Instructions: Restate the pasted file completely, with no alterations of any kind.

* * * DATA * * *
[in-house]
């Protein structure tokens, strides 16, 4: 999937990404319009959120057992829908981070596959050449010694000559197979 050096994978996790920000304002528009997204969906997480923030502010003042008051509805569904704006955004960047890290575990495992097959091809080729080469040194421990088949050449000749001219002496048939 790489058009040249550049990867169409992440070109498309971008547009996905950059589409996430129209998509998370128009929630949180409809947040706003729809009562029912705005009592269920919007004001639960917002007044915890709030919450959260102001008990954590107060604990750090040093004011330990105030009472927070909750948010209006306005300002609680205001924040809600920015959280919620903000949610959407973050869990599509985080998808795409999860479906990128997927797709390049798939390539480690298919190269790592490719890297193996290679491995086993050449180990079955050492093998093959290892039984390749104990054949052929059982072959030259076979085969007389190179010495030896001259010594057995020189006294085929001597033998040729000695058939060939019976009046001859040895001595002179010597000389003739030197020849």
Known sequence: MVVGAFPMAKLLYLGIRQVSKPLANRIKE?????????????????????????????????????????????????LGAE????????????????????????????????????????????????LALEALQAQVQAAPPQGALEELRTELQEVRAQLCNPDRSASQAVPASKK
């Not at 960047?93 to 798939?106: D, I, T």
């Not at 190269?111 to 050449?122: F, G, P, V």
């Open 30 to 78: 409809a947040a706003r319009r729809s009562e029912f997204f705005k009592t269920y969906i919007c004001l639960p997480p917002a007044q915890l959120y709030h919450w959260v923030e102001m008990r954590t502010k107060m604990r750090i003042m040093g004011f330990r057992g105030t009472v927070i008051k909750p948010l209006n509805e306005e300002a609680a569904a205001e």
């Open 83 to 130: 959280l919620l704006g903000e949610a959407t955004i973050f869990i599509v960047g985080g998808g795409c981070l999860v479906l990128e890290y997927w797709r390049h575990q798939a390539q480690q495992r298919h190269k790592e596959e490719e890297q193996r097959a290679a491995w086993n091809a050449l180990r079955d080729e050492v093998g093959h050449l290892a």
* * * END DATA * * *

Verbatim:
[in-house]
């Protein structure tokens, strides 16, 4: 999937990404319009959120057992829908981070596959050449010694000559197979 050096994978996790920000304002528009997204969906997480923030502010003042008051509805569904704006955004960047890290575990495992097959091809080729080469040194421990088949050449000749001219002496048939 790489058009040249550049990867169409992440070109498309971008547009996905950059589409996430129209998509998370128009929630949180409809947040706003729809009562029912705005009592269920919007004001639960917002007044915890709030919450959260102001008990954590107060604990750090040093004011330990105030009472927070909750948010209006306005300002609680205001924040809600920015959280919620903000949610959407973050869990599509985080998808795409999860479906990128997927797709390049798939390539480690298919190269790592490719890297193996290679491995086993050449180990079955050492093998093959290892039984390749104990054949052929059982072959030259076979085969007389190179010495030896001259010594057995020189006294085929001597033998040729000695058939060939019976009046001859040895001595002179010597000389003739030197020849």
Known sequence: MVVGAFPMAKLLYLGIRQVSKPLANRIKE?????????????????????????????????????????????????LGAE????????????????????????????????????????????????LALEALQAQVQAAPPQGALEELRTELQEVRAQLCNPDRSASQAVPASKK
């Not at 960047?93 to 798939?106: D, I, T």
């Not at 190269?111 to 050449?122: F, G, P, V």
């Open 30 to 78: 409809a947040a706003r319009r729809s009562e029912f997204f705005k009592t269920y969906i919007c004001l639960p997480p917002a007044q915890l959120y709030h919450w959260v923030e102001m008990r954590t502010k107060m604990r750090i003042m040093g004011f330990r057992g105030t009472v927070i008051k909750p948010l209006n509805e306005e300002a609680a569904a205001e």
């Open 83 to 130: 959280l919620l704006g903000e949610a959407t955004i973050f869990i599509v960047g985080g998808g795409c981070l999860v479906l990128e890290y997927w797709r390049h575990q798939a390539q480690q495992r298919h190269k790592e596959e490719e890297q193996r097959a290679a491995w086993n091809a050449l180990r079955d080729e050492v093998g093959h050449l290892a």